This study examines influences and cultural interactions between Frankish settlers and the local populations in the Latin kingdom of Jerusalem through the prism of sugar cane, a local food crop unfamiliar to many crusaders and Latin settlers. Combining textual and archaeological evidence for sugar cane cultivation, production and consumption, the article explores the extent to which the Latin population – a numerical minority and the ruling elite – was influenced by and influenced their new environment and the local inhabitants. It focuses on sites near Acre for which there is historical and archaeological evidence of sugar production from before the arrival of the crusaders, and during Frankish period (twelfth and thirteenth centuries). After acquainting themselves with the new land and its products, the Franks became largely involved in the production of sugar, one of the kingdom’s most lucrative cash-crops, which brought significant technological developments and changes in the lives of local inhabitants.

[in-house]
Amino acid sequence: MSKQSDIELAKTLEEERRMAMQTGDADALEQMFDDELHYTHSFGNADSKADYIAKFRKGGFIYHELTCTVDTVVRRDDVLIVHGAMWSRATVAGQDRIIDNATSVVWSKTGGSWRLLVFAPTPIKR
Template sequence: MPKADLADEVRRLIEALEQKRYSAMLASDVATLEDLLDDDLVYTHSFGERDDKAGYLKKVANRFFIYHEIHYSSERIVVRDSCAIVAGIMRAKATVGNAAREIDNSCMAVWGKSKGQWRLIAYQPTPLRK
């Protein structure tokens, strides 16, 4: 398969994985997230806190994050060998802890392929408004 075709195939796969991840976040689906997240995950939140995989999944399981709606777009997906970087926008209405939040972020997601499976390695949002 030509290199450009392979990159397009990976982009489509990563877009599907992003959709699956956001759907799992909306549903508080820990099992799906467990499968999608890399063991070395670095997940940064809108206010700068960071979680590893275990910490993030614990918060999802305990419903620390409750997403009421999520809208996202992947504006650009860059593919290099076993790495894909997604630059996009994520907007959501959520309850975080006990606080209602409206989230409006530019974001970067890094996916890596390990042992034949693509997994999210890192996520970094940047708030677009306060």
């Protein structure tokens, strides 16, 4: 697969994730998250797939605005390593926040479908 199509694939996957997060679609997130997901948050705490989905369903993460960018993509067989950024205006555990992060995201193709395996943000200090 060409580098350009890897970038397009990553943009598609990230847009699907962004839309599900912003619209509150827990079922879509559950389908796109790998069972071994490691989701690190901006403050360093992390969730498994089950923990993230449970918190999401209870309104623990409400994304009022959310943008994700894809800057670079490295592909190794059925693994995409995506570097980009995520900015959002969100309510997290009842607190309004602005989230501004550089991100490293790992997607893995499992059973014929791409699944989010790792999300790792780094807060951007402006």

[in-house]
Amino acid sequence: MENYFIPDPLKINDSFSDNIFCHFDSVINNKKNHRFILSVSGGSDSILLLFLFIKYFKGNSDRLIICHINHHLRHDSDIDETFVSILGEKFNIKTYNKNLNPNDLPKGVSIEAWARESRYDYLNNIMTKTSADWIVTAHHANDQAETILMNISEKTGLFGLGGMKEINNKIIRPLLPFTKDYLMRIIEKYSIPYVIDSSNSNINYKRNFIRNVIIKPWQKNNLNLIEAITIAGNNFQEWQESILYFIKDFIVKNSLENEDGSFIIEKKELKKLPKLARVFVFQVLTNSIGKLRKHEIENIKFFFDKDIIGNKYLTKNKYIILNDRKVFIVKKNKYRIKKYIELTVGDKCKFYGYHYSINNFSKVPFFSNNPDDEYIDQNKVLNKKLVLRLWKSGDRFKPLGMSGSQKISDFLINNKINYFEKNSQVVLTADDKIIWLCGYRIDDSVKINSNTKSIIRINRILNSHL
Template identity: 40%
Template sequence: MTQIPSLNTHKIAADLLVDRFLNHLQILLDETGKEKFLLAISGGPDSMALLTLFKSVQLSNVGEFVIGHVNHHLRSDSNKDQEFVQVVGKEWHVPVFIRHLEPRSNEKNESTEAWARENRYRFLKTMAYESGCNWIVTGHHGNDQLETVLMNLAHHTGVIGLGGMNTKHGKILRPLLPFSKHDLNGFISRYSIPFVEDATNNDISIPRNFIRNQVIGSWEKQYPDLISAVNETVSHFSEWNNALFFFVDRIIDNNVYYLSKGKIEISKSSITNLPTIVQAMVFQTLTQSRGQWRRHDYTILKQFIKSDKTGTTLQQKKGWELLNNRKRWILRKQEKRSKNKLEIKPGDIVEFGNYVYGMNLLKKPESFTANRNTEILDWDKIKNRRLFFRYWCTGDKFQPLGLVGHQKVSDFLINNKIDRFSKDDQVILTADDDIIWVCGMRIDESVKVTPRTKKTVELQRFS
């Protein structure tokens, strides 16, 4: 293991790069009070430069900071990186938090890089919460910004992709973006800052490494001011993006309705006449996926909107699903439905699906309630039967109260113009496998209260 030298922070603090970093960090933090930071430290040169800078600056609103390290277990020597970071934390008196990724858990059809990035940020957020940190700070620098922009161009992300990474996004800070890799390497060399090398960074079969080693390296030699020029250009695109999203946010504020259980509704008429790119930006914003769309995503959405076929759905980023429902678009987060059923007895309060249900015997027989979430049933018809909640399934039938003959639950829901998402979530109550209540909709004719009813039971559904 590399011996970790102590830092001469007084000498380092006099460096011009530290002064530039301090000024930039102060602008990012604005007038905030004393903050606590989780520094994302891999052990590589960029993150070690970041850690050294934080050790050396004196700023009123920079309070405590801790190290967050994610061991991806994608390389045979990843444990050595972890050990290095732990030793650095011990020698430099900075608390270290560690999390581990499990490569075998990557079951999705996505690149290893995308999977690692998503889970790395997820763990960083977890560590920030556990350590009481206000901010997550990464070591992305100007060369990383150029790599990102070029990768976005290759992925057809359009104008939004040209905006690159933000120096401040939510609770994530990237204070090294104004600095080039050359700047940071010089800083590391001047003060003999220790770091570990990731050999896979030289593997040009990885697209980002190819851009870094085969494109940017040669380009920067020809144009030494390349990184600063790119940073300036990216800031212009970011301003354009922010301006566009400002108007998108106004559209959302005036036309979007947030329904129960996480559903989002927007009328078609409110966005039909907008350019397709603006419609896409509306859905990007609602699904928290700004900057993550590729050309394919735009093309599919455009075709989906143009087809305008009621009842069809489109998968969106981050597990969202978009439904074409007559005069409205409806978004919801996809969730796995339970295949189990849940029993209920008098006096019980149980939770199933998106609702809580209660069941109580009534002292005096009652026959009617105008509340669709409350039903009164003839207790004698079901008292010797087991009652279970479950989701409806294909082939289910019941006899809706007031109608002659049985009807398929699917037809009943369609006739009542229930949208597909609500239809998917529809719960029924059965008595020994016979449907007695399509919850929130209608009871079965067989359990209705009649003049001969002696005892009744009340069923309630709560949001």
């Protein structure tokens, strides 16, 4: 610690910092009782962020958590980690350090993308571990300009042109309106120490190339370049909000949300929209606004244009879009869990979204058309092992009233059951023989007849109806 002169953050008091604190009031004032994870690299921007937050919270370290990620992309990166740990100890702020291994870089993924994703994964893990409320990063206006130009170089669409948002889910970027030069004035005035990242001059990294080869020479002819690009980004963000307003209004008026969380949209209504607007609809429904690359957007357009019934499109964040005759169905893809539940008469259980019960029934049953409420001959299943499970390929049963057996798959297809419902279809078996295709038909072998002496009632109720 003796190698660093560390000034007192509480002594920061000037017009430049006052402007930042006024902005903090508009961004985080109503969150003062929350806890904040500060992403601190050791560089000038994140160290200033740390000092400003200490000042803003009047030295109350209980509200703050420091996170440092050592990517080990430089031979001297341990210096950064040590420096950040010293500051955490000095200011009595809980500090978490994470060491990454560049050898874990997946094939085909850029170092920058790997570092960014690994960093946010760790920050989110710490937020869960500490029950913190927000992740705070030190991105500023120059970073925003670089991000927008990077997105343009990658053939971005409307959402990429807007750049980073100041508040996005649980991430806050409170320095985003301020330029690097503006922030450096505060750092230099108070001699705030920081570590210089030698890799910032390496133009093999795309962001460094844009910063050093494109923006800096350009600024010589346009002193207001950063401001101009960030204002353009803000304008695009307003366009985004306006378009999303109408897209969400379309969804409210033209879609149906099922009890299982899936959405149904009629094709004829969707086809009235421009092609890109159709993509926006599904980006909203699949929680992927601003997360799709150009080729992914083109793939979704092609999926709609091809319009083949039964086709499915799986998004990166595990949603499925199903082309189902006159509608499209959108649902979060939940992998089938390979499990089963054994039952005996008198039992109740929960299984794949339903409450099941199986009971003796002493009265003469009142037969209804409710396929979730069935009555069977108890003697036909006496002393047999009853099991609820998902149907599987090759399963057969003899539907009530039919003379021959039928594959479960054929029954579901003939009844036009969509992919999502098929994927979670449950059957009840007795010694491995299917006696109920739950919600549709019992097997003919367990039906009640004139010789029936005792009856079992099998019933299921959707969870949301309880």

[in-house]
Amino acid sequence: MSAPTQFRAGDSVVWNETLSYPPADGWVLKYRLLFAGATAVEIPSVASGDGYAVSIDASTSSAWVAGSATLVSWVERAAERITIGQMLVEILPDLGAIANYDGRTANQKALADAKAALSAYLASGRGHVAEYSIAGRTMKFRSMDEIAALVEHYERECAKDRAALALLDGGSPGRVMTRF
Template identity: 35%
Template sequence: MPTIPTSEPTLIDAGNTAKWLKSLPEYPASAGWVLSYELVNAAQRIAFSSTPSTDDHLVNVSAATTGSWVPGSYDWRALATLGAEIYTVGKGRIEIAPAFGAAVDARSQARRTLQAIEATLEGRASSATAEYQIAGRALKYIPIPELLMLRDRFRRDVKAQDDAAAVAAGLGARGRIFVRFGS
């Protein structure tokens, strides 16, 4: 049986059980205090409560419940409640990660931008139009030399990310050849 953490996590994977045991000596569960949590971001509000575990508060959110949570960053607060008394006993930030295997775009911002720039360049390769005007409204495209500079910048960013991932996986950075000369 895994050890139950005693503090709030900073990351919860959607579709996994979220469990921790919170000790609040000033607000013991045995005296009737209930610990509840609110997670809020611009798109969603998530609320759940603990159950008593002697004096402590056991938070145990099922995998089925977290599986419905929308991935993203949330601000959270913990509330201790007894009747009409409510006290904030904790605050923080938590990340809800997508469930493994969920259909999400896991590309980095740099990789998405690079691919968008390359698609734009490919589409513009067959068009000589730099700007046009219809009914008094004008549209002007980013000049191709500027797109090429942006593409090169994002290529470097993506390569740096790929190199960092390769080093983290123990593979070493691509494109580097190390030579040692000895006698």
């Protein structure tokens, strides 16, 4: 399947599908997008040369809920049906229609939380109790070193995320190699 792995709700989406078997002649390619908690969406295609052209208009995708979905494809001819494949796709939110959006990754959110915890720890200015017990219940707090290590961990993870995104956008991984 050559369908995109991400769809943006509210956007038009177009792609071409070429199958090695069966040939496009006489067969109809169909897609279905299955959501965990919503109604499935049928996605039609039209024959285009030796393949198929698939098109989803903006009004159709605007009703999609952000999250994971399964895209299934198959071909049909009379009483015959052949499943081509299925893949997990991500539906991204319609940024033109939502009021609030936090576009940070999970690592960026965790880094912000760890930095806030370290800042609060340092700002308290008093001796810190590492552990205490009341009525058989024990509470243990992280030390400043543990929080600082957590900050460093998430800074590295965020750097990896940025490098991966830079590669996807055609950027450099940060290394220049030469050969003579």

|Number of pages||15|
|Journal||Journal of Medieval History|
|State||Published - 27 May 2019|
Bibliographical noteFunding Information:
Judith Bronstein is Assistant Professor of History in the Department of Israel Studies and in the School of History, University of Haifa. Her fields of research are the Military Orders, the crusade movement and the Latin East. She is currently engaged in a research project titled ‘Food and Food Habits in the Crusader Context, 1095‒1291’, funded by the Israel Science Foundation.
We would like to express our gratitude to the Israel Science Foundation for funding our project ‘Food and Food Habits in the Crusader Context, 1095–1291’ (Grant Number 1327/16), which has led to this article.
© 2019 Informa UK Limited, trading as Taylor & Francis Group.
- Cross-cultural encounters
- Food history
- Intercultural exchange
- Latin Kingdom of Jerusalem
- Sugar cane
- Sugar moulds
ASJC Scopus subject areas